Sixty-nine children met inclusion criteria, median age 9.7 years (interquartile range [IQR]: 2.2–14; range: 30 days–18 years). Table I in the online-only Data Supplement summarizes patient characteristics. Known medical risk factors were present in 20%, including cardiac, hematologic, immunologic, or genetic diagnoses. A precipitating factor for ICH was present in 19%, including hypertension (3%), infection (13%), surgery within 1 month (3%), coagulopathy (13%), and multiple factors (69%).
Hemorrhage was isolated parenchymal in 45%, isolated intraventricular in 9%, and involved >1 compartment in 46%. ICH volume could be calculated in 61 children (88%) and was <2% TBV in 54%, 2% to <4% TBV in 25%, and ≥4% TBV in 10%. Vascular malformations accounted for 63% of hemorrhages and coagulopathy for 17%. Cause could not be determined in 19%, although vascular malformations were suspected in one third of these cases. Children were carefully evaluated for ICH cause (online-only Data Supplement). Median hospital length of stay was 15 days (IQR: 9–22); median intensive care unit stay was 11 days (IQR: 5–18). Six children died during hospitalization (9%). Most children were discharged to inpatient rehabilitation (52%) or home with outpatient rehabilitation (27%).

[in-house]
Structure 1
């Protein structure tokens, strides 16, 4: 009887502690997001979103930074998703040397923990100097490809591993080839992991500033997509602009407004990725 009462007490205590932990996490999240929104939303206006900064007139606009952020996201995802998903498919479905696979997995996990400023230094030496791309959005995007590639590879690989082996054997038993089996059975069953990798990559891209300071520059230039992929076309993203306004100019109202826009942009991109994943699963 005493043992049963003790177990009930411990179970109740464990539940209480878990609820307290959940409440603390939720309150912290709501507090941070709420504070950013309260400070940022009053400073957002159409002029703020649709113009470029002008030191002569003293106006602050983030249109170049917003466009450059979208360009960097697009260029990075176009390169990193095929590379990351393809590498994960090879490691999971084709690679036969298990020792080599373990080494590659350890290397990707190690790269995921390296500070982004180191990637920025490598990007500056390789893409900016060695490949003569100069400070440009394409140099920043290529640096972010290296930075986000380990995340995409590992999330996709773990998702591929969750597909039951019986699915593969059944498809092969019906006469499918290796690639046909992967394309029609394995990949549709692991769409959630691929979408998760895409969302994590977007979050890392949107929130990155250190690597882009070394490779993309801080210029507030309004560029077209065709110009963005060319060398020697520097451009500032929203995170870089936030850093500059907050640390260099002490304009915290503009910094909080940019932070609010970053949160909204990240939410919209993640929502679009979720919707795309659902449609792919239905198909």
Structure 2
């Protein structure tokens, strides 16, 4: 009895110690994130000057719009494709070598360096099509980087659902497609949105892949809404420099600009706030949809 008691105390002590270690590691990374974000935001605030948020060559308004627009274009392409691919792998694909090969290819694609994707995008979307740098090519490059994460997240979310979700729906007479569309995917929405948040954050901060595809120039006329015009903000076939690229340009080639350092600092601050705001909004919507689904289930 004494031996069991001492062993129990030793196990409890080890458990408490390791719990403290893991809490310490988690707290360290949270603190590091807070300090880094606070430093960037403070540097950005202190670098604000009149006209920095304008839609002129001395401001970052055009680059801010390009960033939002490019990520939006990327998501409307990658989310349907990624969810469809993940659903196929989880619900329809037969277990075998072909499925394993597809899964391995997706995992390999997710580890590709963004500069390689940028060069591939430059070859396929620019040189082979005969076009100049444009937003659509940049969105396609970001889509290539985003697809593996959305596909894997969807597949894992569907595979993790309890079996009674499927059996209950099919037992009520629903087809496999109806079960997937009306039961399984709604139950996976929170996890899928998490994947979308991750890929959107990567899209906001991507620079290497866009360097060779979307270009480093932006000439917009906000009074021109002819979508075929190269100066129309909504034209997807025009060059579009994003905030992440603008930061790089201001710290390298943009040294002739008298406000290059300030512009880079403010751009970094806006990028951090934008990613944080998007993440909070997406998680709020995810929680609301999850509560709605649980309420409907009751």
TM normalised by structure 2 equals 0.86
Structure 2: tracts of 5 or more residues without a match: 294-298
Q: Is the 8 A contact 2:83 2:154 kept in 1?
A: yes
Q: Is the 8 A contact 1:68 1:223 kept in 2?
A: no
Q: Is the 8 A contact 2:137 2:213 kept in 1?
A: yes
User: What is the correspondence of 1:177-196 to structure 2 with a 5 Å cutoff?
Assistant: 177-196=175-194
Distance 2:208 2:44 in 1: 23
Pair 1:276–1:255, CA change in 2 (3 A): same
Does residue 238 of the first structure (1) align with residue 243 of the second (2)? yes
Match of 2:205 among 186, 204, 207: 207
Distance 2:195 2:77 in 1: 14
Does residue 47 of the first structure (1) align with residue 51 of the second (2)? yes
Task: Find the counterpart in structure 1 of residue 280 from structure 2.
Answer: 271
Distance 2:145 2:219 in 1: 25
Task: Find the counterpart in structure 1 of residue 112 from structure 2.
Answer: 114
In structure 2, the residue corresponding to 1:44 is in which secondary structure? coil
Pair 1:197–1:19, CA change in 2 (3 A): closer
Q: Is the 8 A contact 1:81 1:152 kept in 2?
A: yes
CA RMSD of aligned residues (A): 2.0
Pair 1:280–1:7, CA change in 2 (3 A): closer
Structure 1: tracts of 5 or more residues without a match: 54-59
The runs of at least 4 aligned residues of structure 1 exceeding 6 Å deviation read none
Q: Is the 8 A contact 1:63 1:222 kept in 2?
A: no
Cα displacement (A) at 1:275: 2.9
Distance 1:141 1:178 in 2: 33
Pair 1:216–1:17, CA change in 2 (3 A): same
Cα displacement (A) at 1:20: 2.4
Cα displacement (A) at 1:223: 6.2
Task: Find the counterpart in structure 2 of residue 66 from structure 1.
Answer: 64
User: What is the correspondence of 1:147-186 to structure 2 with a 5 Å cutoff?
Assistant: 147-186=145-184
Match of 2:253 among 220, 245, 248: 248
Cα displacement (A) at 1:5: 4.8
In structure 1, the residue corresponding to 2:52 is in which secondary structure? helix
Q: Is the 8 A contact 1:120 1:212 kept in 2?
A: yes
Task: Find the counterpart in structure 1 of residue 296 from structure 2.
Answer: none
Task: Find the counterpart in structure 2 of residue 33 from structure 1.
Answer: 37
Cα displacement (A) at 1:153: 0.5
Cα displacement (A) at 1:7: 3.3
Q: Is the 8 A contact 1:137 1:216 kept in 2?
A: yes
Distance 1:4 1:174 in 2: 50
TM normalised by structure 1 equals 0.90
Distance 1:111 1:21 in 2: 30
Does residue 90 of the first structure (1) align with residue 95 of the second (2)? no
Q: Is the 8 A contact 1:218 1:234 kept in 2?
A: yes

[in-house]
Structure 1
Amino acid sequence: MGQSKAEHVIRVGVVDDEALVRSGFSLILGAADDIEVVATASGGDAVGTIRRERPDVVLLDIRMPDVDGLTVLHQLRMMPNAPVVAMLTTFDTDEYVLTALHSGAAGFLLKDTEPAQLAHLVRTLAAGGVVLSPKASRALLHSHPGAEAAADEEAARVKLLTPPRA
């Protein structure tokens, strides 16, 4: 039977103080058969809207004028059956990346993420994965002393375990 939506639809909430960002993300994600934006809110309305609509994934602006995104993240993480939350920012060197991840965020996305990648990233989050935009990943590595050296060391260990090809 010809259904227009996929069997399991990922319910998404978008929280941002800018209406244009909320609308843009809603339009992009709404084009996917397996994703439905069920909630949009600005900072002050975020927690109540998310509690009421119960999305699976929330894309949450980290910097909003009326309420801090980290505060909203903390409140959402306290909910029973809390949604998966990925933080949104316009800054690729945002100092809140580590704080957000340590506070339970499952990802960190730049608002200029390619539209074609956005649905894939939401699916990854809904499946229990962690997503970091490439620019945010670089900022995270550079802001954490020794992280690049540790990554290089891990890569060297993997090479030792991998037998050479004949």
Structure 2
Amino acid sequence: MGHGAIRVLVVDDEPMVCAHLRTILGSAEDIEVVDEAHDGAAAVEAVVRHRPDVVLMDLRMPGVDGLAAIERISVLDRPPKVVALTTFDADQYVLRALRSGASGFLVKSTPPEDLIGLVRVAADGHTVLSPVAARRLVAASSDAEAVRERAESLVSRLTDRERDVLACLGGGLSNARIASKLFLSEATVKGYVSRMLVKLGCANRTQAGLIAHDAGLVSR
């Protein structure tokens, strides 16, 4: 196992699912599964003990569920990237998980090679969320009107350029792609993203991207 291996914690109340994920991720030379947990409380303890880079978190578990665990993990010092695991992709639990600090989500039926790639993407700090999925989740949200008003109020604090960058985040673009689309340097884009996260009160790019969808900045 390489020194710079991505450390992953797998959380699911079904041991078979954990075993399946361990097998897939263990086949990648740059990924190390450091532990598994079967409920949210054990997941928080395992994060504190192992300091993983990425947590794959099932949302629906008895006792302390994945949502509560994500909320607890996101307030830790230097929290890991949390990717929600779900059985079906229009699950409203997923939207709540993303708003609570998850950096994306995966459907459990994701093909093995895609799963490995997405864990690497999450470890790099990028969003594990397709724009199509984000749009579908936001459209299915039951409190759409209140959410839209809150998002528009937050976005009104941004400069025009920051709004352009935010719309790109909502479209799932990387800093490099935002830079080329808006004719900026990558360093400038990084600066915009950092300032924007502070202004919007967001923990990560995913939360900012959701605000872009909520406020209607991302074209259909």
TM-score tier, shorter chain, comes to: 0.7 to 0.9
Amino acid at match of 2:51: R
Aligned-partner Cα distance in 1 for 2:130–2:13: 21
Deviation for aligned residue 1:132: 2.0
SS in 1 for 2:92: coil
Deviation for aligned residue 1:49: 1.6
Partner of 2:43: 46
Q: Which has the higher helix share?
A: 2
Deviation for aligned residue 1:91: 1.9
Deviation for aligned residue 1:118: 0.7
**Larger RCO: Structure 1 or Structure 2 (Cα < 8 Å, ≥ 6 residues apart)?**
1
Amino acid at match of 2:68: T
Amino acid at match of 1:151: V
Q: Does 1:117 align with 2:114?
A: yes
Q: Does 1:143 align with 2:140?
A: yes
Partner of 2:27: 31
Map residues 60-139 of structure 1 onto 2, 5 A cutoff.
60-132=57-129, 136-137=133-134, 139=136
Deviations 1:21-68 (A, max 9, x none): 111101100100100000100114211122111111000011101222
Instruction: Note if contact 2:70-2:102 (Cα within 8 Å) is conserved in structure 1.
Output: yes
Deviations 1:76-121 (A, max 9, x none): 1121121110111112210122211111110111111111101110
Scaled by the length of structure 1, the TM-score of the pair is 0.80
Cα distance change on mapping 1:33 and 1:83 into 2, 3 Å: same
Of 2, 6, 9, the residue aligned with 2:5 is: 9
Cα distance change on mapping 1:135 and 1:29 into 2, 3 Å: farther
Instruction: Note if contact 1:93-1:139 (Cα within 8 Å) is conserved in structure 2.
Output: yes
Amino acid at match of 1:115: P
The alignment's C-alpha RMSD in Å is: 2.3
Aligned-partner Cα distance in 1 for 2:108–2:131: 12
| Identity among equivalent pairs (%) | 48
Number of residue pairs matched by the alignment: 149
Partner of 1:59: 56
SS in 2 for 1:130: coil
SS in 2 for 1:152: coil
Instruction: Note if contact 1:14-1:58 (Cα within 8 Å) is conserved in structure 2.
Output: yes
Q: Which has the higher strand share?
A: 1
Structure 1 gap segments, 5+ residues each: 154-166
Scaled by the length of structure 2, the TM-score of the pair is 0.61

Outcomes were assessed at a median of 3.1 months (IQR: 2.8–3.8) in 98% and again at 2.1 years (IQR: 1.3–2.8 years) in 94%. Median total 3-month PSOM was 1.5 (IQR: 0.5–3) and 2-year PSOM was 1 (IQR: 0–2.5). Overall, 38% and 34% of children had poor outcomes, respectively (Figure 1). Although total PSOM scores improved over time (median: 1.5 at 3 months–1.0 at 2 years; P=0.0003), this was largely because of improvements in sensorimotor subscores (median: 1.0 at 3 months–0.5 at 2 years; P=0.0004), whereas language and cognitive/behavioral subscores did not change significantly. Figure 2 shows direction of change for these subscores. From a functional standpoint, at 2 years 76% of parents reported that their children had not made a complete recovery, with 20% also noting the need for extra help with day-to-day activities compared with peers and 19% an impact on emotional state, behavior, and self-esteem.